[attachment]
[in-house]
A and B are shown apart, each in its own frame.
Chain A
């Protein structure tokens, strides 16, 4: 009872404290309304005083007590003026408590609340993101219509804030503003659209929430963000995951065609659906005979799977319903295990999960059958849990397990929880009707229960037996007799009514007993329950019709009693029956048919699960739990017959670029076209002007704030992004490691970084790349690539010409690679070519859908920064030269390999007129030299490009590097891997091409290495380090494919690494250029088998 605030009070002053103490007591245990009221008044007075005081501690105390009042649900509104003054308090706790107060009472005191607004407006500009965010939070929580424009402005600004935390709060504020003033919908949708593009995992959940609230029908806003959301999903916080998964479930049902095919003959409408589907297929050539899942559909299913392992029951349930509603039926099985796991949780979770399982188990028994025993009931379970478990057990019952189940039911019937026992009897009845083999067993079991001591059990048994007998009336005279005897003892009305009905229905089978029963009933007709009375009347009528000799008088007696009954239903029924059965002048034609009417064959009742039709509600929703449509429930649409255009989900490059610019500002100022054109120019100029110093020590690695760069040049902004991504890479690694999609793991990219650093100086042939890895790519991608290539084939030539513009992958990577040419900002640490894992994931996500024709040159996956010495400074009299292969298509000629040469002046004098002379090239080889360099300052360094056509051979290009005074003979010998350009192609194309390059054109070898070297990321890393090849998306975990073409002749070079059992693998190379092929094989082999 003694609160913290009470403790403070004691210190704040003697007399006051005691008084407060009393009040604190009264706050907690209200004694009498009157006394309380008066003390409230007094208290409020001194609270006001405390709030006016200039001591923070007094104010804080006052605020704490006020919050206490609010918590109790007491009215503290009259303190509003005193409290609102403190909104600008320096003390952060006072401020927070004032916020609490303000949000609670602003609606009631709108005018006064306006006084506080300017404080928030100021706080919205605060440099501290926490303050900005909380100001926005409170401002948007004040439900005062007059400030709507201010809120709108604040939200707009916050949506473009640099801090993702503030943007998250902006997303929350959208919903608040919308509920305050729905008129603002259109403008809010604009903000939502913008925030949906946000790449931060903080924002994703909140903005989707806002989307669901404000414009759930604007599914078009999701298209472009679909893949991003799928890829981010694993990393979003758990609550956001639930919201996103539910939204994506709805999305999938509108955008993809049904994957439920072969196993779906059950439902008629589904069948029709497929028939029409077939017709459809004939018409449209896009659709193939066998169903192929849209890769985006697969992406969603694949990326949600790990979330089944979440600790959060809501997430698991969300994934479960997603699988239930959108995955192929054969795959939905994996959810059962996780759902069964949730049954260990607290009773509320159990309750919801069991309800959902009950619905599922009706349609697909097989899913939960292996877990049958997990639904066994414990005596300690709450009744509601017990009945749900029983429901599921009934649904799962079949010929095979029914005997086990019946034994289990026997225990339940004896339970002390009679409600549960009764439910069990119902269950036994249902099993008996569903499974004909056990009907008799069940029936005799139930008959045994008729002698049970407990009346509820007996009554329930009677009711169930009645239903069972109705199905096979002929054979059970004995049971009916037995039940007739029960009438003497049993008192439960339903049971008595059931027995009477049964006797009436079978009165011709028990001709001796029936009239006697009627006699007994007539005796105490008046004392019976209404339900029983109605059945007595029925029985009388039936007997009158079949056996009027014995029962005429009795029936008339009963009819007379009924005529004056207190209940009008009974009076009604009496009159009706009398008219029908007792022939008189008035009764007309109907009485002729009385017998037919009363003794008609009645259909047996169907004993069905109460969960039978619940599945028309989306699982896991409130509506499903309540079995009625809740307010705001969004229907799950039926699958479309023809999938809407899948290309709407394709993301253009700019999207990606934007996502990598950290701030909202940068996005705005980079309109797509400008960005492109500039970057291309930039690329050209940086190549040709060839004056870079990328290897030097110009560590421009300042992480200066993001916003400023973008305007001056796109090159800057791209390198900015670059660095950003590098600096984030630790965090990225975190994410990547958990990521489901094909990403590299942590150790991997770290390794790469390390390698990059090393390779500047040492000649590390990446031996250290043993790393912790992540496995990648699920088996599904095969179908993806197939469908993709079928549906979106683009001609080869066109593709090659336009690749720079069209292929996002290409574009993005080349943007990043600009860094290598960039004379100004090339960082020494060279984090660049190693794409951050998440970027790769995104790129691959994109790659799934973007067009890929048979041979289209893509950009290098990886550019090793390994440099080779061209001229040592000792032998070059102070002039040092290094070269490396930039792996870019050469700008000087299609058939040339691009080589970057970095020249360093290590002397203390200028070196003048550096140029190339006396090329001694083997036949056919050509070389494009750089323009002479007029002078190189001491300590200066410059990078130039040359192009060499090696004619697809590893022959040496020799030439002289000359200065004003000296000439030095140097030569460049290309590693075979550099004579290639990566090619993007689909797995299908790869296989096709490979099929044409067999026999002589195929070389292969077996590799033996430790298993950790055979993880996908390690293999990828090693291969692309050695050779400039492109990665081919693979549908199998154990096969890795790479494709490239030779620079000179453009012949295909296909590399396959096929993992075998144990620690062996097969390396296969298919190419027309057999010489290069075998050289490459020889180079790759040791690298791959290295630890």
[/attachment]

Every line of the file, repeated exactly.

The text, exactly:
[in-house]
A and B are shown apart, each in its own frame.
Chain A
């Protein structure tokens, strides 16, 4: 009872404290309304005083007590003026408590609340993101219509804030503003659209929430963000995951065609659906005979799977319903295990999960059958849990397990929880009707229960037996007799009514007993329950019709009693029956048919699960739990017959670029076209002007704030992004490691970084790349690539010409690679070519859908920064030269390999007129030299490009590097891997091409290495380090494919690494250029088998 605030009070002053103490007591245990009221008044007075005081501690105390009042649900509104003054308090706790107060009472005191607004407006500009965010939070929580424009402005600004935390709060504020003033919908949708593009995992959940609230029908806003959301999903916080998964479930049902095919003959409408589907297929050539899942559909299913392992029951349930509603039926099985796991949780979770399982188990028994025993009931379970478990057990019952189940039911019937026992009897009845083999067993079991001591059990048994007998009336005279005897003892009305009905229905089978029963009933007709009375009347009528000799008088007696009954239903029924059965002048034609009417064959009742039709509600929703449509429930649409255009989900490059610019500002100022054109120019100029110093020590690695760069040049902004991504890479690694999609793991990219650093100086042939890895790519991608290539084939030539513009992958990577040419900002640490894992994931996500024709040159996956010495400074009299292969298509000629040469002046004098002379090239080889360099300052360094056509051979290009005074003979010998350009192609194309390059054109070898070297990321890393090849998306975990073409002749070079059992693998190379092929094989082999 003694609160913290009470403790403070004691210190704040003697007399006051005691008084407060009393009040604190009264706050907690209200004694009498009157006394309380008066003390409230007094208290409020001194609270006001405390709030006016200039001591923070007094104010804080006052605020704490006020919050206490609010918590109790007491009215503290009259303190509003005193409290609102403190909104600008320096003390952060006072401020927070004032916020609490303000949000609670602003609606009631709108005018006064306006006084506080300017404080928030100021706080919205605060440099501290926490303050900005909380100001926005409170401002948007004040439900005062007059400030709507201010809120709108604040939200707009916050949506473009640099801090993702503030943007998250902006997303929350959208919903608040919308509920305050729905008129603002259109403008809010604009903000939502913008925030949906946000790449931060903080924002994703909140903005989707806002989307669901404000414009759930604007599914078009999701298209472009679909893949991003799928890829981010694993990393979003758990609550956001639930919201996103539910939204994506709805999305999938509108955008993809049904994957439920072969196993779906059950439902008629589904069948029709497929028939029409077939017709459809004939018409449209896009659709193939066998169903192929849209890769985006697969992406969603694949990326949600790990979330089944979440600790959060809501997430698991969300994934479960997603699988239930959108995955192929054969795959939905994996959810059962996780759902069964949730049954260990607290009773509320159990309750919801069991309800959902009950619905599922009706349609697909097989899913939960292996877990049958997990639904066994414990005596300690709450009744509601017990009945749900029983429901599921009934649904799962079949010929095979029914005997086990019946034994289990026997225990339940004896339970002390009679409600549960009764439910069990119902269950036994249902099993008996569903499974004909056990009907008799069940029936005799139930008959045994008729002698049970407990009346509820007996009554329930009677009711169930009645239903069972109705199905096979002929054979059970004995049971009916037995039940007739029960009438003497049993008192439960339903049971008595059931027995009477049964006797009436079978009165011709028990001709001796029936009239006697009627006699007994007539005796105490008046004392019976209404339900029983109605059945007595029925029985009388039936007997009158079949056996009027014995029962005429009795029936008339009963009819007379009924005529004056207190209940009008009974009076009604009496009159009706009398008219029908007792022939008189008035009764007309109907009485002729009385017998037919009363003794008609009645259909047996169907004993069905109460969960039978619940599945028309989306699982896991409130509506499903309540079995009625809740307010705001969004229907799950039926699958479309023809999938809407899948290309709407394709993301253009700019999207990606934007996502990598950290701030909202940068996005705005980079309109797509400008960005492109500039970057291309930039690329050209940086190549040709060839004056870079990328290897030097110009560590421009300042992480200066993001916003400023973008305007001056796109090159800057791209390198900015670059660095950003590098600096984030630790965090990225975190994410990547958990990521489901094909990403590299942590150790991997770290390794790469390390390698990059090393390779500047040492000649590390990446031996250290043993790393912790992540496995990648699920088996599904095969179908993806197939469908993709079928549906979106683009001609080869066109593709090659336009690749720079069209292929996002290409574009993005080349943007990043600009860094290598960039004379100004090339960082020494060279984090660049190693794409951050998440970027790769995104790129691959994109790659799934973007067009890929048979041979289209893509950009290098990886550019090793390994440099080779061209001229040592000792032998070059102070002039040092290094070269490396930039792996870019050469700008000087299609058939040339691009080589970057970095020249360093290590002397203390200028070196003048550096140029190339006396090329001694083997036949056919050509070389494009750089323009002479007029002078190189001491300590200066410059990078130039040359192009060499090696004619697809590893022959040496020799030439002289000359200065004003000296000439030095140097030569460049290309590693075979550099004579290639990566090619993007689909797995299908790869296989096709490979099929044409067999026999002589195929070389292969077996590799033996430790298993950790055979993880996908390690293999990828090693291969692309050695050779400039492109990665081919693979549908199998154990096969890795790479494709490239030779620079000179453009012949295909296909590399396959096929993992075998144990620690062996097969390396296969298919190419027309057999010489290069075998050289490459020889180079790759040791690298791959290295630890």